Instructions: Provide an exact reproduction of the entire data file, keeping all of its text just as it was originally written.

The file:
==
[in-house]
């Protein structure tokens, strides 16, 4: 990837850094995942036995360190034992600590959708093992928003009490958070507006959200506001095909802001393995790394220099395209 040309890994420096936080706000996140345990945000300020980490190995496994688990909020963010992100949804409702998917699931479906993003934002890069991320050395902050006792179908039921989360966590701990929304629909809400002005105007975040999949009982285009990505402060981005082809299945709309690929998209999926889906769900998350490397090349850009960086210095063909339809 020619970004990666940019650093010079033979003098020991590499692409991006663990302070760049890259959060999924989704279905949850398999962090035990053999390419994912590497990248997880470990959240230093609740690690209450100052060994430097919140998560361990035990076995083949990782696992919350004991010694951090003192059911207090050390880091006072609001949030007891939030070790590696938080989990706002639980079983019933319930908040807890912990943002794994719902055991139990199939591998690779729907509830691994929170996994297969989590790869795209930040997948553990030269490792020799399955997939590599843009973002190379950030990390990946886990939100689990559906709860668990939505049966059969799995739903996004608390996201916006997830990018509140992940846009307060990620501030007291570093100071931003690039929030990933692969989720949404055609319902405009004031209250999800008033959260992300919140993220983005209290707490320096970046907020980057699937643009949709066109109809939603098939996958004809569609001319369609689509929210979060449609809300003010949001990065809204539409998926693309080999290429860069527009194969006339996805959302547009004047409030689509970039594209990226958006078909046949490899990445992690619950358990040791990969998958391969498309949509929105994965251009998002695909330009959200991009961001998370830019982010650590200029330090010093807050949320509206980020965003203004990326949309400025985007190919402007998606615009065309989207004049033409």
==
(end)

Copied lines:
[in-house]
């Protein structure tokens, strides 16, 4: 990837850094995942036995360190034992600590959708093992928003009490958070507006959200506001095909802001393995790394220099395209 040309890994420096936080706000996140345990945000300020980490190995496994688990909020963010992100949804409702998917699931479906993003934002890069991320050395902050006792179908039921989360966590701990929304629909809400002005105007975040999949009982285009990505402060981005082809299945709309690929998209999926889906769900998350490397090349850009960086210095063909339809 020619970004990666940019650093010079033979003098020991590499692409991006663990302070760049890259959060999924989704279905949850398999962090035990053999390419994912590497990248997880470990959240230093609740690690209450100052060994430097919140998560361990035990076995083949990782696992919350004991010694951090003192059911207090050390880091006072609001949030007891939030070790590696938080989990706002639980079983019933319930908040807890912990943002794994719902055991139990199939591998690779729907509830691994929170996994297969989590790869795209930040997948553990030269490792020799399955997939590599843009973002190379950030990390990946886990939100689990559906709860668990939505049966059969799995739903996004608390996201916006997830990018509140992940846009307060990620501030007291570093100071931003690039929030990933692969989720949404055609319902405009004031209250999800008033959260992300919140993220983005209290707490320096970046907020980057699937643009949709066109109809939603098939996958004809569609001319369609689509929210979060449609809300003010949001990065809204539409998926693309080999290429860069527009194969006339996805959302547009004047409030689509970039594209990226958006078909046949490899990445992690619950358990040791990969998958391969498309949509929105994965251009998002695909330009959200991009961001998370830019982010650590200029330090010093807050949320509206980020965003203004990326949309400025985007190919402007998606615009065309989207004049033409």